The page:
Profiles of the Bible: Esther
If you were in a position of power and could do something to help others, but at the risk of your standing, your position, and even your safety, would you do it? It’s a scenario that is played out in many stories (Spiderman, A Few Good Men, The Hobbit to name a few). It’s a challenge that many of us hope that we would fulfill if and when the time came. It’s a position that Esther in the Bible found herself.
Esther was one of the Jews living in the Persian Empire. The Babylon ians sent her family long ago out of the land of Judah. As it often happens in history, the Babylonian Empire faded and Persia had emerged as the new dominant power. One of these Persian Kings, a man named Ahasuerus, was not a scrupulous man. His wife, Queen Vashti, defied his command to appear before him to show off her beauty. In response and according to the counsel given him by his advisors, she was banished from his presence and stripped of her title.
After a while the King missed his wife and his less than scrupulous advisors devised a plan: get him a new wife. This is where Esther comes into the story. Her Jewish name was Hadassah and she was descended from the tribe of Benjamin. Her cousin Mordecai watched over her and helped to raise her. Esther was brought along with many of the other maidens of the land to be presented to the King. Mordecai instructed her to keep her Jewish identity a secret, presumably for her own safety. When Esther was presented to the King, he was immediately impressed with her and Esther was given the royal crown in place of Queen Vashti.
Not long after that, a man named Haman (an even less scrupulous fellow) was appointed as the King’s chief advisor. Haman developed a strong hatred of the Jews and convinced the King that the Jews were a problem that needed to be dealt with swiftly and decisively. The King, who probably wasn’t thinking too carefully about the situation, trusted Haman and a date was set where the people were allowed to rise up, slaughter the Jews, and seize their property.
Mordecai came to Esther and told him of the plot against their people. Esther, somewhat caught off guard was not sure what to do. Mordecai told her to appeal the case of their people before the King. However, this was not without risk. In Persian law, no one is allowed to go before the King unless summoned. To do so was to risk death. The only way this act of presumption was to be forgiven was for the King to extend the royal scepter as an act demonstrating the King’s favor. Given that the occupant of her position was banished for an act of defiance against the king, this was not outside the realm of possibilities.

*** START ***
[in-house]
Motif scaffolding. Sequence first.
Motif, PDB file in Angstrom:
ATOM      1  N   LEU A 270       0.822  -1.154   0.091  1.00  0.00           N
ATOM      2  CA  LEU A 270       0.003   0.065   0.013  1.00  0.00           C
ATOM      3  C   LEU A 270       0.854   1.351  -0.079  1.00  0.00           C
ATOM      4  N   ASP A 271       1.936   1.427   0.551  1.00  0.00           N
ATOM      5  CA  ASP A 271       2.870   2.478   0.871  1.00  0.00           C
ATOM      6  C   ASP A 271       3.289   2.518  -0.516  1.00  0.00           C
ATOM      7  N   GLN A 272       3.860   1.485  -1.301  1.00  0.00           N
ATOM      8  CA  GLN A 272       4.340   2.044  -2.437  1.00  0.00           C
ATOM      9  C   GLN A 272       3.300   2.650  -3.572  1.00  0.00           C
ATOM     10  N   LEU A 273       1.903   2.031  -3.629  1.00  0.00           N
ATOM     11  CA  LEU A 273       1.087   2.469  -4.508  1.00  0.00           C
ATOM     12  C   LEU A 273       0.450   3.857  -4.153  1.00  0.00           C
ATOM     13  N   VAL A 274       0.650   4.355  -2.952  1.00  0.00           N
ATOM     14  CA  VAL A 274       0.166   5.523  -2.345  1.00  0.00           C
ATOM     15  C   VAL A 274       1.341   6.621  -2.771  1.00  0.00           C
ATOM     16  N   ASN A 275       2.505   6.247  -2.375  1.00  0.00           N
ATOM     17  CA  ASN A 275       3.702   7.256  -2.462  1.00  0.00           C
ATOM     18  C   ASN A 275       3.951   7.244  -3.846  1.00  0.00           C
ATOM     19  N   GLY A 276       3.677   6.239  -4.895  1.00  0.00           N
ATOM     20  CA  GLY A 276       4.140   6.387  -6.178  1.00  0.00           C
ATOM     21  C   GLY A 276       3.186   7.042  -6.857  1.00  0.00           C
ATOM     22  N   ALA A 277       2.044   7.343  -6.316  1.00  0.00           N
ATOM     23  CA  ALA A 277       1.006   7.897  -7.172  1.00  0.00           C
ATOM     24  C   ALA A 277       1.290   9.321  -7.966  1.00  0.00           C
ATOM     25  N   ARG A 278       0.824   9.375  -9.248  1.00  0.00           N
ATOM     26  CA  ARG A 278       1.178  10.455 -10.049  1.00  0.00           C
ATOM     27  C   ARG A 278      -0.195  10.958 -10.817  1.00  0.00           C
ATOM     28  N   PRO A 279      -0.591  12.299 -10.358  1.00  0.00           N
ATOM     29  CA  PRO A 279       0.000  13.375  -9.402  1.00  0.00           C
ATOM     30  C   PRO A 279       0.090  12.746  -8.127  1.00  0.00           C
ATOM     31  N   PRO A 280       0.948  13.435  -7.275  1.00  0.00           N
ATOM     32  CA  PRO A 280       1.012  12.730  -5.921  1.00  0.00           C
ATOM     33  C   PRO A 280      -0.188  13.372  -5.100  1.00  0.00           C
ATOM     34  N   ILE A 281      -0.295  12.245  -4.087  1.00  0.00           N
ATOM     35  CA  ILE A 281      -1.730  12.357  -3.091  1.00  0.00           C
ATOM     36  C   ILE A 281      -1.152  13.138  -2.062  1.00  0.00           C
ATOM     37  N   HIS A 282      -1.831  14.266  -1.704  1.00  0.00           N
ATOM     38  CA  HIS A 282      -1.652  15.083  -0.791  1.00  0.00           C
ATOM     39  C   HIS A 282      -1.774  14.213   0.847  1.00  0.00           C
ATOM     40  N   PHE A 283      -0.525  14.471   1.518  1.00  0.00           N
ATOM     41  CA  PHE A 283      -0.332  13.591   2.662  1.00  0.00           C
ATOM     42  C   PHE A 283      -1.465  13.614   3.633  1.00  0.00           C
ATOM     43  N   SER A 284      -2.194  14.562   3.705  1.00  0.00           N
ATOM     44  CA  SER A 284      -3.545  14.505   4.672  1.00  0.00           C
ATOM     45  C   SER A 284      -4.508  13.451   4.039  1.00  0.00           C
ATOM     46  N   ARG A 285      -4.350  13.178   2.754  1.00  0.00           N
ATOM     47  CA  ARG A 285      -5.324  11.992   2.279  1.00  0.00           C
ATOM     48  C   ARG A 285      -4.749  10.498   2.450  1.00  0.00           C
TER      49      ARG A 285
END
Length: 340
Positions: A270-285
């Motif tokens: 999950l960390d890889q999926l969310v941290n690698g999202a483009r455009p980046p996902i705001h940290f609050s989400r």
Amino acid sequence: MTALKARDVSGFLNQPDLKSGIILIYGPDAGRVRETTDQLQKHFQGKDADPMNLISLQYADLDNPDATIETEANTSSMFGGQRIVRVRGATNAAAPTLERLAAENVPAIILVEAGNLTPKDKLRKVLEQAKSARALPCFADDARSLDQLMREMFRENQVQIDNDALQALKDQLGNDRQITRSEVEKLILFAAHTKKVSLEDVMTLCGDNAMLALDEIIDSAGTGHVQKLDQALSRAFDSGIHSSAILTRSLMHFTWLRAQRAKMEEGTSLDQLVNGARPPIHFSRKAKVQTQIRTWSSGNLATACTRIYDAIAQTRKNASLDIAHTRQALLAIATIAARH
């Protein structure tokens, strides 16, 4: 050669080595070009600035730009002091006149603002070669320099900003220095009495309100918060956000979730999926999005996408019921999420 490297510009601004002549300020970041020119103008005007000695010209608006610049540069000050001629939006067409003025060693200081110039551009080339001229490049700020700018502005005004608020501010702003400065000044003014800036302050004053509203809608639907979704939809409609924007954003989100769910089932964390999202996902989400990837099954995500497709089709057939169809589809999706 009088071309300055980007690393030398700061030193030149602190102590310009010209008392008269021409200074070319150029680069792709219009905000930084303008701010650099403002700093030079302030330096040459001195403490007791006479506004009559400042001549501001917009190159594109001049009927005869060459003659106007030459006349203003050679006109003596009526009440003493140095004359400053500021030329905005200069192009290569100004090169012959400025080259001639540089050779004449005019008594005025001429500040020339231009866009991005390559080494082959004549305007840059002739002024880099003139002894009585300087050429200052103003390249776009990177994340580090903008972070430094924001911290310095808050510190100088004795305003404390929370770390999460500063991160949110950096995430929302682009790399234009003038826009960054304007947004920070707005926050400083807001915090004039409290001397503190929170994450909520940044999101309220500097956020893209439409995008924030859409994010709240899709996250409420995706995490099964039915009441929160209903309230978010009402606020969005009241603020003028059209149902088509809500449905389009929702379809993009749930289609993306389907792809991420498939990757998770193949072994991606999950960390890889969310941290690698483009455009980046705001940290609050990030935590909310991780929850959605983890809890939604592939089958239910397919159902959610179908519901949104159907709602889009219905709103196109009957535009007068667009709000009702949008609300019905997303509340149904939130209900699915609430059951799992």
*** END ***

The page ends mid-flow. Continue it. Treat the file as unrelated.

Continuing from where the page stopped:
Mordecai reminded her that while deliverance for the Jews would come, she and those with her would not be saved if she shied away from her responsibility. With great courage, Esther conceded and went to appeal for her people. The King indeed extended the scepter. After awhile, Esther eventually revealed Haman’s plot and the injustice of the edict. She also revealed her own identity to the King and thus saved her people.
There is much in the account of Esther’s actions that we can learn. Her courage, her faithfulness, her negotiating skills are all worthwhile things we are called to teach and imitate. However, one of the things that the New Testament teaches is that the Scriptures all point in some way or another to the main character-Christ. How does Esther offer us a glimpse of Jesus?
Theologians and Literature professionals point to a literary device called, “foreshadowing”. Foreshadowing is something in the narrative of a book that gives a hint of what is to come. Jesus taught his disciples that many of the heroic and faithful acts of God’s people indirectly pointed to Him. In the lives of many of the people recorded in the Bible gave us a glimpse of what Jesus himself would do. In Esther we see how her identity was hidden and that allowed her to fulfill God’s task of saving the people. Jesus’ divinity too was not fully obvious to those around him to fulfill his mission of being the sacrifice for our sins. Esther risked her life so that she could save her people. Jesus not only risked His life, but also actually gave it up so that his people could be saved.
Esther truly is an epic history. Though she was a real person in a real situation, God used her mightily. But within the story of Esther we hear not only the story of how God used a brave woman to save his people, but also we see echoes of the King of Kings who would come and save us from sin and death.